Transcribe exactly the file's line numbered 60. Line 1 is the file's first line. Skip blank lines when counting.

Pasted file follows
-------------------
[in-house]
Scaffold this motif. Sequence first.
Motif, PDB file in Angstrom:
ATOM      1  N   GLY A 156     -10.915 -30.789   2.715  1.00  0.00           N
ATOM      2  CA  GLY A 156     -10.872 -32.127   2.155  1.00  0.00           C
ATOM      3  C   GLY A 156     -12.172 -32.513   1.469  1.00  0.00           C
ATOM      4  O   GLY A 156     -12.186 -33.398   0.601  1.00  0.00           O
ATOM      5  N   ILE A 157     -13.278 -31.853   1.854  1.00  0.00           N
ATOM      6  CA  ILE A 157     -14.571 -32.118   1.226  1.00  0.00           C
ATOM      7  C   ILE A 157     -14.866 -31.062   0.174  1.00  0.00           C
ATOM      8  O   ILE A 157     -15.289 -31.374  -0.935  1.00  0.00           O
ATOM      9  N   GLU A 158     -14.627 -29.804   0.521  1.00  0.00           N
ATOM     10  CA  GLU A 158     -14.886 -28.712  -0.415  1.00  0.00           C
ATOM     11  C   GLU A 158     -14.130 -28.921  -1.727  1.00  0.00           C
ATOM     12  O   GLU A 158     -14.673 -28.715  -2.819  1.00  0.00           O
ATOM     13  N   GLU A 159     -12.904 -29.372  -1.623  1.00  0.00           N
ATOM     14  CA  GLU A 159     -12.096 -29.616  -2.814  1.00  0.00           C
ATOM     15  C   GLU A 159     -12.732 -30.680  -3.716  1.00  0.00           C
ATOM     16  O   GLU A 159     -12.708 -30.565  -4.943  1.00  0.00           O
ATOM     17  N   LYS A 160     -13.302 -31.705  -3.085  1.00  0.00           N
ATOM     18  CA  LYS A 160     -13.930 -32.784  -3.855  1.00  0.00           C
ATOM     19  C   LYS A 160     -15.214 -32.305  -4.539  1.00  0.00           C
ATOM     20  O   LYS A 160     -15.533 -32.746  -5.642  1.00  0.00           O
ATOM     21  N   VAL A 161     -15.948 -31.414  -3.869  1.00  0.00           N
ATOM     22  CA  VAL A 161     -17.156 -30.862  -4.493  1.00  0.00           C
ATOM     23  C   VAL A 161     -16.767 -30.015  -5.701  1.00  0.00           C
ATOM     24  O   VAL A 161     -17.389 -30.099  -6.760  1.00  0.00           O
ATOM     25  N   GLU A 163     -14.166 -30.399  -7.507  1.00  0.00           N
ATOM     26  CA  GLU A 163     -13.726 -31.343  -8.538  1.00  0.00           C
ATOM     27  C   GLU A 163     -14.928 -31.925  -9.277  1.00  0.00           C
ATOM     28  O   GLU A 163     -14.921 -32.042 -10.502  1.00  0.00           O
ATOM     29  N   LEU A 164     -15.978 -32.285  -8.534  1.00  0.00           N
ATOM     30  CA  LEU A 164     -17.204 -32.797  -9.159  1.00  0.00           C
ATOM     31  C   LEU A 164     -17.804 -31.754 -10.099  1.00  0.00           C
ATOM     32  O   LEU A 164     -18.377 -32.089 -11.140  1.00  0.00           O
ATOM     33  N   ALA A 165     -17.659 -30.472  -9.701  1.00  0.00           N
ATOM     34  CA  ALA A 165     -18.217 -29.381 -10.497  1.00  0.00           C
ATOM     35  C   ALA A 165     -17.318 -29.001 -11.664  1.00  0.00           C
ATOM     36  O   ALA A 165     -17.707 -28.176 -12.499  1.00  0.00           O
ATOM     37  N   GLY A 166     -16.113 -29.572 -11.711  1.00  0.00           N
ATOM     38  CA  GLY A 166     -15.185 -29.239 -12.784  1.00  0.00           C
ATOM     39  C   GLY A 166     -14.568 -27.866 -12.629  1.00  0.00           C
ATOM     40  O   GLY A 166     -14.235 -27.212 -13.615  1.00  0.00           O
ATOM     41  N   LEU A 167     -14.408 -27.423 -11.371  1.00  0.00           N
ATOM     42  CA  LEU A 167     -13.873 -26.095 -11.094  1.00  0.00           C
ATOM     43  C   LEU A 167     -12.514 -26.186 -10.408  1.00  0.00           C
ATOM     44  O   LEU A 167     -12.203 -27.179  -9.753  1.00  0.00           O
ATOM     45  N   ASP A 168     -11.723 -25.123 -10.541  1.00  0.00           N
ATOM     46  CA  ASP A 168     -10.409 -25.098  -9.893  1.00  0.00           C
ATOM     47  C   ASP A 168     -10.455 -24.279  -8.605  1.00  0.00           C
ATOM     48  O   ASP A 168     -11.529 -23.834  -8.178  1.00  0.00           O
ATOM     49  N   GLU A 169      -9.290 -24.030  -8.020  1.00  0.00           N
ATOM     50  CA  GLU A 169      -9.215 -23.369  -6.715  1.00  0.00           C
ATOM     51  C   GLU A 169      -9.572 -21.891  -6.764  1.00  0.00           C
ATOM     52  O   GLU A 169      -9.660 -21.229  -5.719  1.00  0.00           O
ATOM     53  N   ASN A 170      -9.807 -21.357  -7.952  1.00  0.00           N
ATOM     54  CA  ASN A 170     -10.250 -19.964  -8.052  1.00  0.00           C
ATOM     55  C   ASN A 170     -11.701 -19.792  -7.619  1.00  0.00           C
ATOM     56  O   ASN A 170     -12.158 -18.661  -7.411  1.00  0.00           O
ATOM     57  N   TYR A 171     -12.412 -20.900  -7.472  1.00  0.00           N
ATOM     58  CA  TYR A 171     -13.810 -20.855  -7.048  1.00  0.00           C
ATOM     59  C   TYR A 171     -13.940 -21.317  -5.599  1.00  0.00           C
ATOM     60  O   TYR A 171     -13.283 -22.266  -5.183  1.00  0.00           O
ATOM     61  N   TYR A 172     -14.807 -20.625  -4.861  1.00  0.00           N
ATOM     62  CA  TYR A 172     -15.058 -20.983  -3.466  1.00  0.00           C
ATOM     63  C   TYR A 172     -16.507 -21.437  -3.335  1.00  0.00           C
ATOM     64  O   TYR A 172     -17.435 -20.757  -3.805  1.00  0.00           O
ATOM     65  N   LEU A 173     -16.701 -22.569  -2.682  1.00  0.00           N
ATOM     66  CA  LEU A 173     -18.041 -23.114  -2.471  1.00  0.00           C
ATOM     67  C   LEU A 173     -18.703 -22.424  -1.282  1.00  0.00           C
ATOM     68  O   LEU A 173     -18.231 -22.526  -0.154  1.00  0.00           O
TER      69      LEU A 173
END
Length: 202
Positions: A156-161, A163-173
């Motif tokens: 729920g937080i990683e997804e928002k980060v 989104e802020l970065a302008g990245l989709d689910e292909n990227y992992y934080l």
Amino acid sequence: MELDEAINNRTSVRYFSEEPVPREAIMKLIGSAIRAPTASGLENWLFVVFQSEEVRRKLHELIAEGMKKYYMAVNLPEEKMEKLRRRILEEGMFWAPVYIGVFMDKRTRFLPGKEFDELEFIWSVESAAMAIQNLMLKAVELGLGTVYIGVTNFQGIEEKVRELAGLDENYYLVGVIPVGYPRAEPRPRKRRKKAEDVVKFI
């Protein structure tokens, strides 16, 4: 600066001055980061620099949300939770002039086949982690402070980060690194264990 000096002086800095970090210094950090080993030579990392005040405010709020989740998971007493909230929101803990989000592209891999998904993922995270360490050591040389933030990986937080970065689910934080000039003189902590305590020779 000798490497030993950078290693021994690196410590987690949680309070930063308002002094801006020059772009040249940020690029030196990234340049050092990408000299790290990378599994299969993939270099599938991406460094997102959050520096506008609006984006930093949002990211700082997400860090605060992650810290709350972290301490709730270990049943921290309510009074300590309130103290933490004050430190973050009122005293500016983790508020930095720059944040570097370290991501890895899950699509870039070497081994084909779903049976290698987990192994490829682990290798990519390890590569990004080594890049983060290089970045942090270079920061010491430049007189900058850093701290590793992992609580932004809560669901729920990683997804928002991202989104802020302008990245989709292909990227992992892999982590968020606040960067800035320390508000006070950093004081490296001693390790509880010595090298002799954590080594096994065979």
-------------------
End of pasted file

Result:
ATOM     57  N   TYR A 171     -12.412 -20.900  -7.472  1.00  0.00           N